Unpacking the Survey: Hospitals are Getting Creative with Contributions
7 September 2016
In the olden days (before the PPACA), employers could charge whatever they wanted for health care coverage with certain common sense limitations. For example, you couldn’t charge more than coverage was worth, and you didn’t want to charge so much that only the sickest people took your plan (avoiding “adverse selection”).
With the arrival of the PPACA, there are now rules around what you can charge if you want to claim that your plan is “affordable”. This rule applies only to single coverage for the lowest cost plan offered, and as with all things PPACA, it only applies to your employees working over 30 hours. At the time of passage, the rule stated that a plan is “affordable” for your over 30-hour employees when it is no more than 9.5% of household income.
Sounds easy! Just kidding. What is household income? How do we calculate the 9.5% (since then increased to 9.69% for 2017). How do we define the contribution if, say, I include a wellness credit or a tobacco surcharge? What about opt-out credits, is that related to any of this? What do we do when we don’t find out the person worked an average of 30 hours or more until after the measurement period? What’s a measurement period, you ask? That’s another blog post… or a novel.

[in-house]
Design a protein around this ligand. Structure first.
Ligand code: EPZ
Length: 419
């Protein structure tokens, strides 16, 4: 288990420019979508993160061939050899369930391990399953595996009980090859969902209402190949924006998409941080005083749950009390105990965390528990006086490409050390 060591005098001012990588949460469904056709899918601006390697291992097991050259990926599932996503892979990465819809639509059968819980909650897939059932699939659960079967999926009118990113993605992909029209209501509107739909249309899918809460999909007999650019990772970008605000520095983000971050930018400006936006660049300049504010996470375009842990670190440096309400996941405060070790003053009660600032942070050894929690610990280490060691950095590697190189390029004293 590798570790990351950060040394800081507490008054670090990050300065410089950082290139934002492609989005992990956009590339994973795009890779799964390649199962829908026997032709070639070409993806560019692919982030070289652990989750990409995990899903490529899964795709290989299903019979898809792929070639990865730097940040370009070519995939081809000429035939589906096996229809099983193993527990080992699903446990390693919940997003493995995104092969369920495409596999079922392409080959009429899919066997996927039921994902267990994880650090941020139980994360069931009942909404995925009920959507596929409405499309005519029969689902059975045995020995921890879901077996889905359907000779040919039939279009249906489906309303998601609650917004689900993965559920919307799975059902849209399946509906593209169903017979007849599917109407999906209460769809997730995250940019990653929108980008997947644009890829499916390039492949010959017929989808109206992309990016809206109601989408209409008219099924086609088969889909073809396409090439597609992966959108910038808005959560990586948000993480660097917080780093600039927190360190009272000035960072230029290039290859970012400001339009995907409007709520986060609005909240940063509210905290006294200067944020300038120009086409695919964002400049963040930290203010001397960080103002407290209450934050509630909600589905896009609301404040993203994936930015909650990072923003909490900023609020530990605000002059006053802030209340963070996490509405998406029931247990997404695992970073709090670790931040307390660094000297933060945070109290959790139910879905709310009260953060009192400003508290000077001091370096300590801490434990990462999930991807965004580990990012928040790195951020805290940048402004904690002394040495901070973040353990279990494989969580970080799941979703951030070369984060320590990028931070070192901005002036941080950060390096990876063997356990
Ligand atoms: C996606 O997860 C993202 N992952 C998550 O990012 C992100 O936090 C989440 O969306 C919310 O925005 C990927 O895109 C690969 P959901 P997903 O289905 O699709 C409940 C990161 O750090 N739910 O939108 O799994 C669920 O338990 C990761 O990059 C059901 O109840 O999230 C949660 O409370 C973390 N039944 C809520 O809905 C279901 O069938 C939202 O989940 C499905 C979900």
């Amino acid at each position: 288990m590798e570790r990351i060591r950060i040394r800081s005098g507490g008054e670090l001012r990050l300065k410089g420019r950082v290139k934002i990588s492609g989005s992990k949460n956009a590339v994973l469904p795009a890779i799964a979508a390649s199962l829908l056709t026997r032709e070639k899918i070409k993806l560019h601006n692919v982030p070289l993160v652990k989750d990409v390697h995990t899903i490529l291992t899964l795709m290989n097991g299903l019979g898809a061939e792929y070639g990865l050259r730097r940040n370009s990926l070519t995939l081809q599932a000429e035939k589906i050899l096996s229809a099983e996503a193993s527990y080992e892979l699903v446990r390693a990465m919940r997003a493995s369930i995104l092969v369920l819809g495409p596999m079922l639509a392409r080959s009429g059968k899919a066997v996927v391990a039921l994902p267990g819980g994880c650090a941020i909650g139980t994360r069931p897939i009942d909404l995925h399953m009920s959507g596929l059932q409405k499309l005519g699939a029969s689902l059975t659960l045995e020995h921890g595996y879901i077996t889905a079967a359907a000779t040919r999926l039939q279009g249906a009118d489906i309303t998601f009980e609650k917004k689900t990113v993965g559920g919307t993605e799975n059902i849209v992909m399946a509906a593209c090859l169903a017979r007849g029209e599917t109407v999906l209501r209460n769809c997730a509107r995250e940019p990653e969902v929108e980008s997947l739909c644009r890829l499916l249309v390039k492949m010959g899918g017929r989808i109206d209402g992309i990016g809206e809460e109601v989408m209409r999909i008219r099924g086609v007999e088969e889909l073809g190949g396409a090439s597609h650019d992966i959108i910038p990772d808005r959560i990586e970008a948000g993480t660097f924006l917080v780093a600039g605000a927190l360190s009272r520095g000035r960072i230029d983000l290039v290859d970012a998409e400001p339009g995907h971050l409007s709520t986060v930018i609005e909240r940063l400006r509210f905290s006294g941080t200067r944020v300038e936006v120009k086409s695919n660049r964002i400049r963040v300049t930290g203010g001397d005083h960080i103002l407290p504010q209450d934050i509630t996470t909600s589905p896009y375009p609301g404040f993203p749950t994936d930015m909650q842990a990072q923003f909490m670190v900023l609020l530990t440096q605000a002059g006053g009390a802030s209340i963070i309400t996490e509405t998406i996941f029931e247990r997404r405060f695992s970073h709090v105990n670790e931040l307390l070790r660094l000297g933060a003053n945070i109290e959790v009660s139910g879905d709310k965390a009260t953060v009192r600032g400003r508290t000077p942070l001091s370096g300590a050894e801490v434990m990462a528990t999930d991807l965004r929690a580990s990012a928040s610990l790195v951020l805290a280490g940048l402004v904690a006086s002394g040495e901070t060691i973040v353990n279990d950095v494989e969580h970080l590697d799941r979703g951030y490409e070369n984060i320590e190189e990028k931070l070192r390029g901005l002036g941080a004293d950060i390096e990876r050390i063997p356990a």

The effect of adding this complexity to contributions is that hospital employers are getting more creative with health plan contributions. More hospitals are adding surcharges for spouses, since the employee+spouse tier does not have the same contribution limitations. More groups are now turning to salary-tiered contributions to ensure affordability at the lower end of compensation. More groups are finding their ability to implement wellness incentives hampered by the affordability since the incentive must be tested as part of the contribution, assuming the employee does NOT satisfy the requirements. Since tobacco surcharges are not included in the affordability test, groups are incentivized to increase these surcharges – but at the risk of incurring more dishonesty in the employee’s representation of their smoking status. And perhaps, most importantly, more groups are implementing lower cost plan design alternatives, since the lowest cost plan is the only plan included in the affordability test. Even if no one ends up enrolling in the lower cost plan, it creates a shield to the affordability rule.
Affordability has changed the contribution landscape, and we expect these trends in contributions to continue for the next several years.